A few notes on the GDP revisions

The new GDP figures include some pretty significant revisions of the past data.  Most people have focused on the fact that the new figures show a significantly bigger drop in 2009 GDP than originally estimated.  Even the original 2009 NGDP figures showed the biggest drop since 1938, but these have been revised further downward.

It appears to me that most of the revision is based on changes in the third quarter of 2008.  Before discussing those revisions, I’d like to talk about why that quarter is so important.  The standard view of this recession is that the housing slump of 2007 triggered a moderate banking crisis and a very mild recession at the beginning of 2008.  Then after Lehman failed, the banking crisis got much worse, and therefore the recession became much worse.

My view has always been different.  I agree with the standard interpretation of the original, and relatively mild, recession of early 2008.  But I argued that the recession worsened dramatically before Lehman failed, and that this led to a decline in NGDP growth expectations that severely reduced asset prices and made the banking crisis much worse.

One problem with my view is that it seemed like the severe fall in GDP (real and nominal) began in the 4th quarter of 2008, which was after Lehman had failed in mid-September.  Initial reports showed only a 0.3% fall in 2008:Q3 RGDP.  As a result, all I could do was rather pathetically argue that July was a strong month, and point to the fact that industrial production (which is measured monthly) suddenly began falling sharply in August 2008.  And that this showed the economic weakness had spread out of housing even before Lehman failed.

The newly revised GDP accounts paint a very different picture of the recession.  Instead of two quarters of steeply falling RGDP (2008:Q4, and 2009:Q1) there are now three really bad quarters.  The third quarter of 2008 is now estimated to have seen a 4.0% plunge in RGDP.  Nominal growth slowed abruptly from the roughly 5% norm of preceding years, to only 0.4%.  And even that is probably overstated, as the nominal GDP numbers rely on rent imputation values for housing that almost comically overstate inflation during a housing crash (as I’ve discussed in previous posts.)

So now we know that the severe recession of 2008-09 began in the third quarter.  Since Lehman didn’t fail until the quarter was almost over, there is simply no way it could explain why the recession got much worse during those summer months.  What can explain the worsening recession?  How about a Fed that refused to cut rates for nearly 6 months after April 2008, despite a steadily falling Wicksellian equilibrium interest rate.  A Fed focusing on headline inflation numbers driven up by imported oil prices, not the expenditures on American-made goods and services.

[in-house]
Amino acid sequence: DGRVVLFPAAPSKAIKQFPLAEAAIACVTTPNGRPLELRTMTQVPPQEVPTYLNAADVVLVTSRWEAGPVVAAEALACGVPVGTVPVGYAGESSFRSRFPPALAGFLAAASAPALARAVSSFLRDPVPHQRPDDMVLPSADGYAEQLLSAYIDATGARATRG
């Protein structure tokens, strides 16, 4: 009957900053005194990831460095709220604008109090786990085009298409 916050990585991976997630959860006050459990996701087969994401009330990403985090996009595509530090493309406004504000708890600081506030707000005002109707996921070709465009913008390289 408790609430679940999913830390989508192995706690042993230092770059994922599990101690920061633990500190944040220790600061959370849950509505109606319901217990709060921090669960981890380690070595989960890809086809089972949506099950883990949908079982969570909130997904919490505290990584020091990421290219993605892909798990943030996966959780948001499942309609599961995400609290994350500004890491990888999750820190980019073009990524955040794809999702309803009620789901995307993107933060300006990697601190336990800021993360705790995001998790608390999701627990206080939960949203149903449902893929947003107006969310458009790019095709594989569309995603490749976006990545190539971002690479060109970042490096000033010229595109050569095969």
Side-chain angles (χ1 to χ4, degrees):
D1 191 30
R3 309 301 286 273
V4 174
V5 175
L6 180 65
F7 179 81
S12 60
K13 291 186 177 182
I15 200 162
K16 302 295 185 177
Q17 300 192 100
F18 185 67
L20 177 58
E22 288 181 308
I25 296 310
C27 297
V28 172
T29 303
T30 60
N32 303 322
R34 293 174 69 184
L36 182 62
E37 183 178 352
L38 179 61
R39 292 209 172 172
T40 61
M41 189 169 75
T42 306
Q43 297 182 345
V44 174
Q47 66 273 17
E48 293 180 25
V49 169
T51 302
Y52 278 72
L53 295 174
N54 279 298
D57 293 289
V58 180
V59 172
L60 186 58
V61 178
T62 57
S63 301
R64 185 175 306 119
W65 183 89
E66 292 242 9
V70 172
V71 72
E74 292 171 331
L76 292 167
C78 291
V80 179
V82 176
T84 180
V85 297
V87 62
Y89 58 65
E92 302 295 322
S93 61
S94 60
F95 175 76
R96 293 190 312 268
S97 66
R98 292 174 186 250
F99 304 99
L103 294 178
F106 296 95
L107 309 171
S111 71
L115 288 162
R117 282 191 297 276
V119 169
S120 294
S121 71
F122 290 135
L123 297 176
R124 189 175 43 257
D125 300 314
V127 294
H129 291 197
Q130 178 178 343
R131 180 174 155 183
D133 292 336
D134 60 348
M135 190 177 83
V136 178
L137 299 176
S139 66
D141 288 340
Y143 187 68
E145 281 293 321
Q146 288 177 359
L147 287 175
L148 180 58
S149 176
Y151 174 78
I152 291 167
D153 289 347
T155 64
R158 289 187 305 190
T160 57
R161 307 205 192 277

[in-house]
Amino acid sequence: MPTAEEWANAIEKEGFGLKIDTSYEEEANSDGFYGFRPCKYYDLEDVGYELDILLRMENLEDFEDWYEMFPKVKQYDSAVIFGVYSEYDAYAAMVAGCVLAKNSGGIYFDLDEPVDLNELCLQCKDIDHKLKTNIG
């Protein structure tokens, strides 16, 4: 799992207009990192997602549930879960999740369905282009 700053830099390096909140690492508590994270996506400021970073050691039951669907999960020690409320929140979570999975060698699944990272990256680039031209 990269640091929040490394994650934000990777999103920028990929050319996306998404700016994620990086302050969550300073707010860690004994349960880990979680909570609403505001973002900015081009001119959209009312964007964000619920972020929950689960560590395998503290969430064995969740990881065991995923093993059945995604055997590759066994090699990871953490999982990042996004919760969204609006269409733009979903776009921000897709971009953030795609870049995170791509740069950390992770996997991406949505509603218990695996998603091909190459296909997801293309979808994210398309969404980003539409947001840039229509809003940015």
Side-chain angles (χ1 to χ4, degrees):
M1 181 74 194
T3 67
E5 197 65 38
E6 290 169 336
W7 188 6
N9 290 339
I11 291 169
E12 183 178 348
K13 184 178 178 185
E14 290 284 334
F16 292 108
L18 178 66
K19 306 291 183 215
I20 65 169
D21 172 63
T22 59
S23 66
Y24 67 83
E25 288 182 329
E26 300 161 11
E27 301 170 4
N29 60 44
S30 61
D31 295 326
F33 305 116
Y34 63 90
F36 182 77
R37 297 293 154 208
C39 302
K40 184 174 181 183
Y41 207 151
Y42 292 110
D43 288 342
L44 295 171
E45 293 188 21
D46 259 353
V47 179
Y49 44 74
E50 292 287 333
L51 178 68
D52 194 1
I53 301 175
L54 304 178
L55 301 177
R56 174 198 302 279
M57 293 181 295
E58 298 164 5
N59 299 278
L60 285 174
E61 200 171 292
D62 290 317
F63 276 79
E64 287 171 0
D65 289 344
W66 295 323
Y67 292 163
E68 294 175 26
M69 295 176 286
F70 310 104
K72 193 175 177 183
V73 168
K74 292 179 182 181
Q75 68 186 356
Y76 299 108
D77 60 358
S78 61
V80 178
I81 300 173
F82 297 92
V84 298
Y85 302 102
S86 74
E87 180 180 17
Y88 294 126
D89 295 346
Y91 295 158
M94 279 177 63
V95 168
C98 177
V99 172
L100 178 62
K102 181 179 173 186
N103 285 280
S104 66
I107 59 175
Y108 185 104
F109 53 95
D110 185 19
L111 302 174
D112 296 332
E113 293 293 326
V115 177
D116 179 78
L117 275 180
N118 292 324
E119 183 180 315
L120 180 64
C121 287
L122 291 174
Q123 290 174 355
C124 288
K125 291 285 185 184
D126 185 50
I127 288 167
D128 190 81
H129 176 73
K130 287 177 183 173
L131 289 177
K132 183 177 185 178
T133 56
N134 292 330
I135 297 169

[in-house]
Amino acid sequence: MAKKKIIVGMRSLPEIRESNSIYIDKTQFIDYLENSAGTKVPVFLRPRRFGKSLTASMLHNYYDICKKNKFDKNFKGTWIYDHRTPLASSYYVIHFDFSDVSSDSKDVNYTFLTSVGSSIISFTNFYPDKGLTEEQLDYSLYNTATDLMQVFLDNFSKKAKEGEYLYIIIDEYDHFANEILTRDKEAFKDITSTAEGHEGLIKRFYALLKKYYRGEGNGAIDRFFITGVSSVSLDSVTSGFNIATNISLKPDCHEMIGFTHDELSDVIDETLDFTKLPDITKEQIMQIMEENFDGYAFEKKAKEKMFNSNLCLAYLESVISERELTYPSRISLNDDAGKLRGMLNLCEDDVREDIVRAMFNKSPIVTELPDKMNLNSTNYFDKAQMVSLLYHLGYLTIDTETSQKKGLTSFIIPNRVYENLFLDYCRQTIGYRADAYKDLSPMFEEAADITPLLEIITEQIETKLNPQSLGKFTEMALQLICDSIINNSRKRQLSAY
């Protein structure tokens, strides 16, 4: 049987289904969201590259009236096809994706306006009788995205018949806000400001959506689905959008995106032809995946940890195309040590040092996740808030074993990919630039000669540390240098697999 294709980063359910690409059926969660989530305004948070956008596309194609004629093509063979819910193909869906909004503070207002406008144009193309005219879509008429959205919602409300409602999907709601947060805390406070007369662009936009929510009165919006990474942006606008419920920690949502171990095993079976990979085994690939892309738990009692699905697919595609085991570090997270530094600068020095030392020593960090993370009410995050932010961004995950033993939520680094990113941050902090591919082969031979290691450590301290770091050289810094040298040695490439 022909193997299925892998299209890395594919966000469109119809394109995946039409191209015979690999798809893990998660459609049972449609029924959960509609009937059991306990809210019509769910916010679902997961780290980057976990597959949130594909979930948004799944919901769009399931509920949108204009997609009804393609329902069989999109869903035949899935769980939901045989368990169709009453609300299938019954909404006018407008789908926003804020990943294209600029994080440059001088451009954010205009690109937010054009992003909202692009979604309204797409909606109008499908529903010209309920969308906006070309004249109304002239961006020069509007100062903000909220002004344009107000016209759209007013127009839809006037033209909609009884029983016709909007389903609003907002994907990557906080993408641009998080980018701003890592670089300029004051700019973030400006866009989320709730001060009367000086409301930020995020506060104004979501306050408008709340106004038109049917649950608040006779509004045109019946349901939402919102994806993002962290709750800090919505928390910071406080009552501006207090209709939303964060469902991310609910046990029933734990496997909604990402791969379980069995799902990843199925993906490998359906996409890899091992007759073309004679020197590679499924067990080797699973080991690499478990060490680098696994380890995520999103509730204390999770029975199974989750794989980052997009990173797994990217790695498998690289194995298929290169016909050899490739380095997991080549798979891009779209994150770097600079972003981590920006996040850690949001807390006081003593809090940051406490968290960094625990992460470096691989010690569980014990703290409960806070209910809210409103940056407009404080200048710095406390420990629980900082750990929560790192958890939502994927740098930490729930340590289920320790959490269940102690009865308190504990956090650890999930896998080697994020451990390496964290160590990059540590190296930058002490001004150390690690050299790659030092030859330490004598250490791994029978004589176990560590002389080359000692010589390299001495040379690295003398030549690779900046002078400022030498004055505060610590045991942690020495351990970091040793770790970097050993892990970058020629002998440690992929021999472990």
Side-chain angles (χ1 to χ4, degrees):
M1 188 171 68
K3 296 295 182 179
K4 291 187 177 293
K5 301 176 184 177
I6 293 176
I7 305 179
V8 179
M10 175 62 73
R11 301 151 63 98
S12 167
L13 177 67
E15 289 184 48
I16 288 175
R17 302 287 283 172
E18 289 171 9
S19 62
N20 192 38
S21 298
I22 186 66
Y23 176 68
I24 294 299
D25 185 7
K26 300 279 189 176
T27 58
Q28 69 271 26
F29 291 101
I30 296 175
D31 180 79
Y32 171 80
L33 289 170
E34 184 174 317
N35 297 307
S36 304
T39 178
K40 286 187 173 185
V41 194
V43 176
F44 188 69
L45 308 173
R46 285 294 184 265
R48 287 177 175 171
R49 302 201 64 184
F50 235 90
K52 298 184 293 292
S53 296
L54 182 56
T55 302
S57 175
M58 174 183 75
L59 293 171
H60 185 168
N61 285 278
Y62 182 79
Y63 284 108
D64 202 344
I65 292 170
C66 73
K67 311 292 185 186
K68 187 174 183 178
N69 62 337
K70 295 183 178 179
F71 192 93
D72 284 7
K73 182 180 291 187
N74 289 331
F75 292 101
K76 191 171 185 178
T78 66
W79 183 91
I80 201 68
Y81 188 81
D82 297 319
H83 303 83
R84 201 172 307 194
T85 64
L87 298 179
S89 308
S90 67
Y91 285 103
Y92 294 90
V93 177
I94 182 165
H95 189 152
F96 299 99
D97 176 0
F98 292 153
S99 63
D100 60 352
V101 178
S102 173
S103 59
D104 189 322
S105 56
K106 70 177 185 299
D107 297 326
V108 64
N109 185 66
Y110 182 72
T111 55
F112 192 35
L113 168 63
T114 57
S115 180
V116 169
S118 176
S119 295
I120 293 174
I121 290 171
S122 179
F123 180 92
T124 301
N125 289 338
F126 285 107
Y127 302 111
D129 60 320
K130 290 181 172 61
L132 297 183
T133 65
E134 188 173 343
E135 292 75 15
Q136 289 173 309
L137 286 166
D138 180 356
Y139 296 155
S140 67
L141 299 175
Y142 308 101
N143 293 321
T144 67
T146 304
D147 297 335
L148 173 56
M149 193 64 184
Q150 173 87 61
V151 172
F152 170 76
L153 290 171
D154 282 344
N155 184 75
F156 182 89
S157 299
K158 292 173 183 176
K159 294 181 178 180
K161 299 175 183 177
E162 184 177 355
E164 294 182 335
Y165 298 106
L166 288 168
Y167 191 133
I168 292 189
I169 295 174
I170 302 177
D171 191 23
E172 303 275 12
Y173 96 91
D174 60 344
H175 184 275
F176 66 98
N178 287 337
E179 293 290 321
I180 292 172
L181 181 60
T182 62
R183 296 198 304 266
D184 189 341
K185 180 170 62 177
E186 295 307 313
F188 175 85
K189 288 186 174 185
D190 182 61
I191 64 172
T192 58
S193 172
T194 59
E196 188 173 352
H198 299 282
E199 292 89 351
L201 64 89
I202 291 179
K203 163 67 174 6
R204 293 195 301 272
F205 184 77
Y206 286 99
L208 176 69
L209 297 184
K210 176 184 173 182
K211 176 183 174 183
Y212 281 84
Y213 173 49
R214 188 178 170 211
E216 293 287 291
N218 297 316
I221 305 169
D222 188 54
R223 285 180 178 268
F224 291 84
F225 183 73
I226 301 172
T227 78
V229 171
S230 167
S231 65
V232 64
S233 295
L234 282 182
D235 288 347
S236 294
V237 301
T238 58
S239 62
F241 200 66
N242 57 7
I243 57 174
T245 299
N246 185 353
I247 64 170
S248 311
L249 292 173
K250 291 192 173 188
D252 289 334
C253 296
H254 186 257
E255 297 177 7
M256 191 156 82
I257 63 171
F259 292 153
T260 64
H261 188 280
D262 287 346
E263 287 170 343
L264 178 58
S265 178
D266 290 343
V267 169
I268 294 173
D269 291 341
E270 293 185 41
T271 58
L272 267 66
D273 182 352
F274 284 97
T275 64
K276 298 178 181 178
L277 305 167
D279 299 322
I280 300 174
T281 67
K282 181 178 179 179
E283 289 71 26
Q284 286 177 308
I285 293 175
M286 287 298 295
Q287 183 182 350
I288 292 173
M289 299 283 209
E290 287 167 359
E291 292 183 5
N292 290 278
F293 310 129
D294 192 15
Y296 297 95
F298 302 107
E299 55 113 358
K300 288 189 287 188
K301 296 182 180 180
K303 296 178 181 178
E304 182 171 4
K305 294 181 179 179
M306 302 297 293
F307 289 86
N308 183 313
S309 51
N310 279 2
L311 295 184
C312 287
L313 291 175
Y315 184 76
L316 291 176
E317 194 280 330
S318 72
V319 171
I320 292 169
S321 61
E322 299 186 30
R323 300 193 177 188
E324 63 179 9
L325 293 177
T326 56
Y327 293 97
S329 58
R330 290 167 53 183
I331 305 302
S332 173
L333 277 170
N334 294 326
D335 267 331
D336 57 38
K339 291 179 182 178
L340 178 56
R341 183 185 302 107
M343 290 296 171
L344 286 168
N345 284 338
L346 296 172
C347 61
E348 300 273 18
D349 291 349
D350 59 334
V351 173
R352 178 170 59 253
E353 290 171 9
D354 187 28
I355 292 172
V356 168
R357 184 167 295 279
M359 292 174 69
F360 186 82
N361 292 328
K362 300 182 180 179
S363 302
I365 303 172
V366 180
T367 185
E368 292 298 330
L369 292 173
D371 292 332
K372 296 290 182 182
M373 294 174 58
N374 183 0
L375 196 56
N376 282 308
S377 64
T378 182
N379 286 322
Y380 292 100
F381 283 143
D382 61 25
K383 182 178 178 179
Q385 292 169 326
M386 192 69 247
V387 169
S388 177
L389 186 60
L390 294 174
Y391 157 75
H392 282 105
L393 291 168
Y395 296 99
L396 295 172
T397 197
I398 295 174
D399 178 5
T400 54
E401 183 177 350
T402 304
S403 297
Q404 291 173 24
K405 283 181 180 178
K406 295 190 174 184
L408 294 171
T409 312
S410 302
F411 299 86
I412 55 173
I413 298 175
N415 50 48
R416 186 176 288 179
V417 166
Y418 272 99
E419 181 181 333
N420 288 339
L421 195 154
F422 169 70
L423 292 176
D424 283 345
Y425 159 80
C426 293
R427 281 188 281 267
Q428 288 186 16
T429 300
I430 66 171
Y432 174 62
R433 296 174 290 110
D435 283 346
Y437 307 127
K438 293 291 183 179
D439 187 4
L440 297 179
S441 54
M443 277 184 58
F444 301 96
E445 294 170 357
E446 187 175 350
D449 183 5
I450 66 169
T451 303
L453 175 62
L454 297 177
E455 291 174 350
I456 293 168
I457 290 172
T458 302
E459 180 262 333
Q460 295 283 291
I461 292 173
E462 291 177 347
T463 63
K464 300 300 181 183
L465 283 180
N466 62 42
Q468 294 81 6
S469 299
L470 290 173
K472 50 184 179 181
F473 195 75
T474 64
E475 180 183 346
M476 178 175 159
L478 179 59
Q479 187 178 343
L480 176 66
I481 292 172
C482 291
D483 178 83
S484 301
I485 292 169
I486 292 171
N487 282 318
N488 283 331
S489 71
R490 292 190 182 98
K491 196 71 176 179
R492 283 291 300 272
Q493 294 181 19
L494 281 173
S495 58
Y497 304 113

BTW, how can the initial GDP numbers be so far off in an economy that is swimming with data and high tech computers?  Four weeks after the quarter ended the RGDP growth was forecast at negative 0.3%, and only now, two years later, we find out it was minus 4.0%?  That’s a pretty major error at a particularly important moment in the business cycle.  Too bad our policy makers were blindfolded as they were making crucial policy decisions.  Time to target the forecast?

One thing that makes me think I am on the right track is that every time I learn something new, it seems to support my view of events.  In many cases this was data that was already out there, but that I had not bothered to look up.  This includes the big drop in TIPS spreads, which began well before Lehman failed.  The huge rise in real interest rates in late 2008.  The huge rise in the dollar in late 2008, the fact that the housing crash spread from the sub-prime markets to the heartland  (and commercial RE) at precisely the moment when the recession spread from housing to industrial production in August 2008.  All of this I discovered in mid-2009, after I had already begun blogging.  But now we have information that neither I nor anyone else had access to until few days ago.  And again, it is strongly supportive of my GDP —-> post-Lehman crisis view of causality, and strongly in conflict with the conventional Lehman crisis —-> falling GDP interpretation.

I eagerly await further data revisions.

PS.  It’s worth looking at the NGDP numbers in the link above.  (Bottom line)  During the 4 quarters from mid-2008 to mid-2009, NGDP actually fell 3%; a bit more than 8% below the 5.2% long run trend, not less as I had assumed.  And during the so-called “recovery” of the past 4 quarters it has fallen another 1% below the 5% trend.  Where’s the effect of that $787 billion in fiscal stimulus?

And for those who believe wage and price flexibility solves all problems, consider that with 4% NGDP growth, we’d need 3.7% deflation to get the 7.7% RGDP growth we saw during the first 6 quarters of the 1983-84 recovery.  That recovery had 11% NGDP growth. When was the last time you saw an economy growing at 8% in a period of 4% deflation?  Never?  There’s a reason for that, wages and prices aren’t nearly flexible enough to overcome that sort of nominal sluggishness.